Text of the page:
Motorola and Apple have reportedly reached a tentative agreement over licensing of essential patents in Germany. The parties are now allegedly discussing how much Apple would be required to pay Motorola in order to use some of their patents, a value that will ultimately be set by a German court.

The duo has been in court over the use of essential patents - described as core patents that are required to do business in a given industry. In this particular instance, they fall under the FRAND clause, meaning they must be licensed under fair, reasonable and non-discriminatory terms.

Motorola has argued that Apple violated these essential patents while Apple says Motorola didn't offer a fair and just rate to use the patents. The licensing fees will only apply to products sold in Germany but as per the agreement, Apple has admitted that they are liable for past damages with regards to the patents in question.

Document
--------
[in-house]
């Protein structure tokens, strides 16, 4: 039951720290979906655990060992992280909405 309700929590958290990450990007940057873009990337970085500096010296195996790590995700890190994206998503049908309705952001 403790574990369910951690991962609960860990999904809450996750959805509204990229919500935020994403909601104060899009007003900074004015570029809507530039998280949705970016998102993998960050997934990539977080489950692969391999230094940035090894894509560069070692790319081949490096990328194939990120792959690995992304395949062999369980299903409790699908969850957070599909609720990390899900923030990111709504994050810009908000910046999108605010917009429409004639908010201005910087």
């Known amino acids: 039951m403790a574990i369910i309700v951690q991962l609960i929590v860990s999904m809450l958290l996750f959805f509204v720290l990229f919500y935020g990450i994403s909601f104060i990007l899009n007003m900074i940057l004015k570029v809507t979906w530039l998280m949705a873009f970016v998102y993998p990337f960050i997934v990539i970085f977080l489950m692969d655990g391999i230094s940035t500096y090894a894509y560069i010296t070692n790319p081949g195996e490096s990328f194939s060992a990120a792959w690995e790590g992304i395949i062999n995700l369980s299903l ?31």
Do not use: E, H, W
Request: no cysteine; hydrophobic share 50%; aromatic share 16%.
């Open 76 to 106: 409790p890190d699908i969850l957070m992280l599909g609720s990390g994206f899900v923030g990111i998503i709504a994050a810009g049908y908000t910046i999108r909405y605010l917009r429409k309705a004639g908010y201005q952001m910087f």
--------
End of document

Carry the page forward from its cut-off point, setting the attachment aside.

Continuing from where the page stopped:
The two companies have battled it out in German courts for some time. Apple even tried to bring disputes against Motorola in a US court earlier this year. A trial was scheduled for June 11 but Circuit Judge Richard A. Posner dismissed it with prejudice. He felt that neither party could establish a right to relief and that neither had enough evidence of damages.

Regardless, it's one patent dispute down although there's likely many more to come. Hopefully this agreement will lead to other mutual agreements and we can all get on without these legal battles.